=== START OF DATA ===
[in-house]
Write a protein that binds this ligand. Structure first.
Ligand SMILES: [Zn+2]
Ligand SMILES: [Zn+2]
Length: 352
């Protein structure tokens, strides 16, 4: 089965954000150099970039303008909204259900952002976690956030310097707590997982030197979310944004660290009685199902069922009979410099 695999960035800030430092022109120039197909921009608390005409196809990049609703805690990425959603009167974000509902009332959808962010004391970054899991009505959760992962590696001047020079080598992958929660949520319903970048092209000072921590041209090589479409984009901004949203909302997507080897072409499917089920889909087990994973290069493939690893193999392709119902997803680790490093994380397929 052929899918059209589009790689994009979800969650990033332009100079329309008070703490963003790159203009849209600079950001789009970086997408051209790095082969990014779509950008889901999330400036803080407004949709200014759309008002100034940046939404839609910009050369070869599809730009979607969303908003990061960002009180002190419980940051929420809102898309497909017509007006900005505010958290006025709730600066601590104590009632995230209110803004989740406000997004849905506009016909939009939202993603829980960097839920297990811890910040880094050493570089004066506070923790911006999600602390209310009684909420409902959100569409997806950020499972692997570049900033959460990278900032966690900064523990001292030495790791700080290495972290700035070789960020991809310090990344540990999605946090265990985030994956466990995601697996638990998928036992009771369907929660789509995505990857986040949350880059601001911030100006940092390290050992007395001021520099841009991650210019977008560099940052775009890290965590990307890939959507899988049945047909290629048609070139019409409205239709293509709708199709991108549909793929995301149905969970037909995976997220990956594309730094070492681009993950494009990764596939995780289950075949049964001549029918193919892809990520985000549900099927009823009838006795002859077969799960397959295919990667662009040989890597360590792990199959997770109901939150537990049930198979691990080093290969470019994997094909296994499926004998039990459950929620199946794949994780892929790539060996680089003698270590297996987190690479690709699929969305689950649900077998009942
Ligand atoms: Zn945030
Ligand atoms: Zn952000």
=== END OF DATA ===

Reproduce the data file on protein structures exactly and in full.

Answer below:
[in-house]
Write a protein that binds this ligand. Structure first.
Ligand SMILES: [Zn+2]
Ligand SMILES: [Zn+2]
Length: 352
């Protein structure tokens, strides 16, 4: 089965954000150099970039303008909204259900952002976690956030310097707590997982030197979310944004660290009685199902069922009979410099 695999960035800030430092022109120039197909921009608390005409196809990049609703805690990425959603009167974000509902009332959808962010004391970054899991009505959760992962590696001047020079080598992958929660949520319903970048092209000072921590041209090589479409984009901004949203909302997507080897072409499917089920889909087990994973290069493939690893193999392709119902997803680790490093994380397929 052929899918059209589009790689994009979800969650990033332009100079329309008070703490963003790159203009849209600079950001789009970086997408051209790095082969990014779509950008889901999330400036803080407004949709200014759309008002100034940046939404839609910009050369070869599809730009979607969303908003990061960002009180002190419980940051929420809102898309497909017509007006900005505010958290006025709730600066601590104590009632995230209110803004989740406000997004849905506009016909939009939202993603829980960097839920297990811890910040880094050493570089004066506070923790911006999600602390209310009684909420409902959100569409997806950020499972692997570049900033959460990278900032966690900064523990001292030495790791700080290495972290700035070789960020991809310090990344540990999605946090265990985030994956466990995601697996638990998928036992009771369907929660789509995505990857986040949350880059601001911030100006940092390290050992007395001021520099841009991650210019977008560099940052775009890290965590990307890939959507899988049945047909290629048609070139019409409205239709293509709708199709991108549909793929995301149905969970037909995976997220990956594309730094070492681009993950494009990764596939995780289950075949049964001549029918193919892809990520985000549900099927009823009838006795002859077969799960397959295919990667662009040989890597360590792990199959997770109901939150537990049930198979691990080093290969470019994997094909296994499926004998039990459950929620199946794949994780892929790539060996680089003698270590297996987190690479690709699929969305689950649900077998009942
Ligand atoms: Zn945030
Ligand atoms: Zn952000």